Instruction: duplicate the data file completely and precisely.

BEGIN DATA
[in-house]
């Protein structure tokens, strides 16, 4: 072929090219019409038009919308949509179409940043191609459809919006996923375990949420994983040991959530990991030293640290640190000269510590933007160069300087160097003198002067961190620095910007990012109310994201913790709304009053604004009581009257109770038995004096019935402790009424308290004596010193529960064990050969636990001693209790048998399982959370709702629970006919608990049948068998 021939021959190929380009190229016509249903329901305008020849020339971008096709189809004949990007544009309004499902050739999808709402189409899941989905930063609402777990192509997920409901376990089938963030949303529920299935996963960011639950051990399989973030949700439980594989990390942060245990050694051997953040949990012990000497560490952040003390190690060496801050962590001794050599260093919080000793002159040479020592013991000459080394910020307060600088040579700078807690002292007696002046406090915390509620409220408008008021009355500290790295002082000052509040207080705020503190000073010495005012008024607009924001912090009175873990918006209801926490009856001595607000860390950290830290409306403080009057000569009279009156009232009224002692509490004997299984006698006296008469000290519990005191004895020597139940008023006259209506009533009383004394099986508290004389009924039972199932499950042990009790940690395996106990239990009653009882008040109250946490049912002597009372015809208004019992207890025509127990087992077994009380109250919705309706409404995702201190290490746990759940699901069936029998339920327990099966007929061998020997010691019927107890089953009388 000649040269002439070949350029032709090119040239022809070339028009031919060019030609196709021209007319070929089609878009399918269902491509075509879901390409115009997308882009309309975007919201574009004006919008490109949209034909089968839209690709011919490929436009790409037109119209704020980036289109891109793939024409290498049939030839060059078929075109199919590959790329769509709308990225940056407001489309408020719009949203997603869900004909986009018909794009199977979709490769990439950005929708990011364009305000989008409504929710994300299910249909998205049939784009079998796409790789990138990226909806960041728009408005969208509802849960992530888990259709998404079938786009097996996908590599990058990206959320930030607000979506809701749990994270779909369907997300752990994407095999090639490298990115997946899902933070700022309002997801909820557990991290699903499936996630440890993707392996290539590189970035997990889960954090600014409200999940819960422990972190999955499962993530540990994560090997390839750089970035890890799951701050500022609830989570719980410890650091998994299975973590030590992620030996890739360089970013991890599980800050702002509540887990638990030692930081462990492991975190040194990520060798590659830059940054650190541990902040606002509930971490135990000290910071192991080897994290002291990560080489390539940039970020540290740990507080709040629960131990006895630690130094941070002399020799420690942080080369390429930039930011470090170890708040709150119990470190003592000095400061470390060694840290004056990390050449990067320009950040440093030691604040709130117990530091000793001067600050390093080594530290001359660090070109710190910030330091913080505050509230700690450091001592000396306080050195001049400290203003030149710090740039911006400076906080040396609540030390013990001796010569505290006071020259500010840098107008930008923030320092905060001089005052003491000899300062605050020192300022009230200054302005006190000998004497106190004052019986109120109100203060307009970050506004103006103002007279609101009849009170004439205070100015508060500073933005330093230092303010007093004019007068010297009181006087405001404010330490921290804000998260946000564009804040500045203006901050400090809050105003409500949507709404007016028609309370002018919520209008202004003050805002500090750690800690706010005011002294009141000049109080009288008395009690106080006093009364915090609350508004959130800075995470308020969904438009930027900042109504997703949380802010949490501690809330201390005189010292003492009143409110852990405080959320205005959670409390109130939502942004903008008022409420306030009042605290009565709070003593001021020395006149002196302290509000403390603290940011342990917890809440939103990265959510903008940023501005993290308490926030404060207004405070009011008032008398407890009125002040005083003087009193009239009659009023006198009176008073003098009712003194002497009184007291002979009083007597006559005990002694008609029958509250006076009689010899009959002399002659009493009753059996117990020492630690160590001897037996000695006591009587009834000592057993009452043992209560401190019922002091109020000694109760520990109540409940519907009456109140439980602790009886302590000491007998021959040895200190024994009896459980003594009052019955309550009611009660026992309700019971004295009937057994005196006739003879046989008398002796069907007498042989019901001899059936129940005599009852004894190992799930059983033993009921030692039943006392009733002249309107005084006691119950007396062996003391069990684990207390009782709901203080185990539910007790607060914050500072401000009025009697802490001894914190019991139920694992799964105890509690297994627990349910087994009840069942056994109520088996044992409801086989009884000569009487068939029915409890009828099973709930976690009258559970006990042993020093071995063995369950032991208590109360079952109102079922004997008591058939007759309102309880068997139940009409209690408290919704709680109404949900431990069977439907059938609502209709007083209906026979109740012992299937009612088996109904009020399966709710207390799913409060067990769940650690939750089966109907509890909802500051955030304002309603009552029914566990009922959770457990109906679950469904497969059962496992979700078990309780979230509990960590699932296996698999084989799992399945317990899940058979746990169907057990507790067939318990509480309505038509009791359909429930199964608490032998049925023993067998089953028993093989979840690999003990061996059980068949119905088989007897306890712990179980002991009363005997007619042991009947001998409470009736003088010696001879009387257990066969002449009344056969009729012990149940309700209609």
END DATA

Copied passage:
[in-house]
């Protein structure tokens, strides 16, 4: 072929090219019409038009919308949509179409940043191609459809919006996923375990949420994983040991959530990991030293640290640190000269510590933007160069300087160097003198002067961190620095910007990012109310994201913790709304009053604004009581009257109770038995004096019935402790009424308290004596010193529960064990050969636990001693209790048998399982959370709702629970006919608990049948068998 021939021959190929380009190229016509249903329901305008020849020339971008096709189809004949990007544009309004499902050739999808709402189409899941989905930063609402777990192509997920409901376990089938963030949303529920299935996963960011639950051990399989973030949700439980594989990390942060245990050694051997953040949990012990000497560490952040003390190690060496801050962590001794050599260093919080000793002159040479020592013991000459080394910020307060600088040579700078807690002292007696002046406090915390509620409220408008008021009355500290790295002082000052509040207080705020503190000073010495005012008024607009924001912090009175873990918006209801926490009856001595607000860390950290830290409306403080009057000569009279009156009232009224002692509490004997299984006698006296008469000290519990005191004895020597139940008023006259209506009533009383004394099986508290004389009924039972199932499950042990009790940690395996106990239990009653009882008040109250946490049912002597009372015809208004019992207890025509127990087992077994009380109250919705309706409404995702201190290490746990759940699901069936029998339920327990099966007929061998020997010691019927107890089953009388 000649040269002439070949350029032709090119040239022809070339028009031919060019030609196709021209007319070929089609878009399918269902491509075509879901390409115009997308882009309309975007919201574009004006919008490109949209034909089968839209690709011919490929436009790409037109119209704020980036289109891109793939024409290498049939030839060059078929075109199919590959790329769509709308990225940056407001489309408020719009949203997603869900004909986009018909794009199977979709490769990439950005929708990011364009305000989008409504929710994300299910249909998205049939784009079998796409790789990138990226909806960041728009408005969208509802849960992530888990259709998404079938786009097996996908590599990058990206959320930030607000979506809701749990994270779909369907997300752990994407095999090639490298990115997946899902933070700022309002997801909820557990991290699903499936996630440890993707392996290539590189970035997990889960954090600014409200999940819960422990972190999955499962993530540990994560090997390839750089970035890890799951701050500022609830989570719980410890650091998994299975973590030590992620030996890739360089970013991890599980800050702002509540887990638990030692930081462990492991975190040194990520060798590659830059940054650190541990902040606002509930971490135990000290910071192991080897994290002291990560080489390539940039970020540290740990507080709040629960131990006895630690130094941070002399020799420690942080080369390429930039930011470090170890708040709150119990470190003592000095400061470390060694840290004056990390050449990067320009950040440093030691604040709130117990530091000793001067600050390093080594530290001359660090070109710190910030330091913080505050509230700690450091001592000396306080050195001049400290203003030149710090740039911006400076906080040396609540030390013990001796010569505290006071020259500010840098107008930008923030320092905060001089005052003491000899300062605050020192300022009230200054302005006190000998004497106190004052019986109120109100203060307009970050506004103006103002007279609101009849009170004439205070100015508060500073933005330093230092303010007093004019007068010297009181006087405001404010330490921290804000998260946000564009804040500045203006901050400090809050105003409500949507709404007016028609309370002018919520209008202004003050805002500090750690800690706010005011002294009141000049109080009288008395009690106080006093009364915090609350508004959130800075995470308020969904438009930027900042109504997703949380802010949490501690809330201390005189010292003492009143409110852990405080959320205005959670409390109130939502942004903008008022409420306030009042605290009565709070003593001021020395006149002196302290509000403390603290940011342990917890809440939103990265959510903008940023501005993290308490926030404060207004405070009011008032008398407890009125002040005083003087009193009239009659009023006198009176008073003098009712003194002497009184007291002979009083007597006559005990002694008609029958509250006076009689010899009959002399002659009493009753059996117990020492630690160590001897037996000695006591009587009834000592057993009452043992209560401190019922002091109020000694109760520990109540409940519907009456109140439980602790009886302590000491007998021959040895200190024994009896459980003594009052019955309550009611009660026992309700019971004295009937057994005196006739003879046989008398002796069907007498042989019901001899059936129940005599009852004894190992799930059983033993009921030692039943006392009733002249309107005084006691119950007396062996003391069990684990207390009782709901203080185990539910007790607060914050500072401000009025009697802490001894914190019991139920694992799964105890509690297994627990349910087994009840069942056994109520088996044992409801086989009884000569009487068939029915409890009828099973709930976690009258559970006990042993020093071995063995369950032991208590109360079952109102079922004997008591058939007759309102309880068997139940009409209690408290919704709680109404949900431990069977439907059938609502209709007083209906026979109740012992299937009612088996109904009020399966709710207390799913409060067990769940650690939750089966109907509890909802500051955030304002309603009552029914566990009922959770457990109906679950469904497969059962496992979700078990309780979230509990960590699932296996698999084989799992399945317990899940058979746990169907057990507790067939318990509480309505038509009791359909429930199964608490032998049925023993067998089953028993093989979840690999003990061996059980068949119905088989007897306890712990179980002991009363005997007619042991009947001998409470009736003088010696001879009387257990066969002449009344056969009729012990149940309700209609």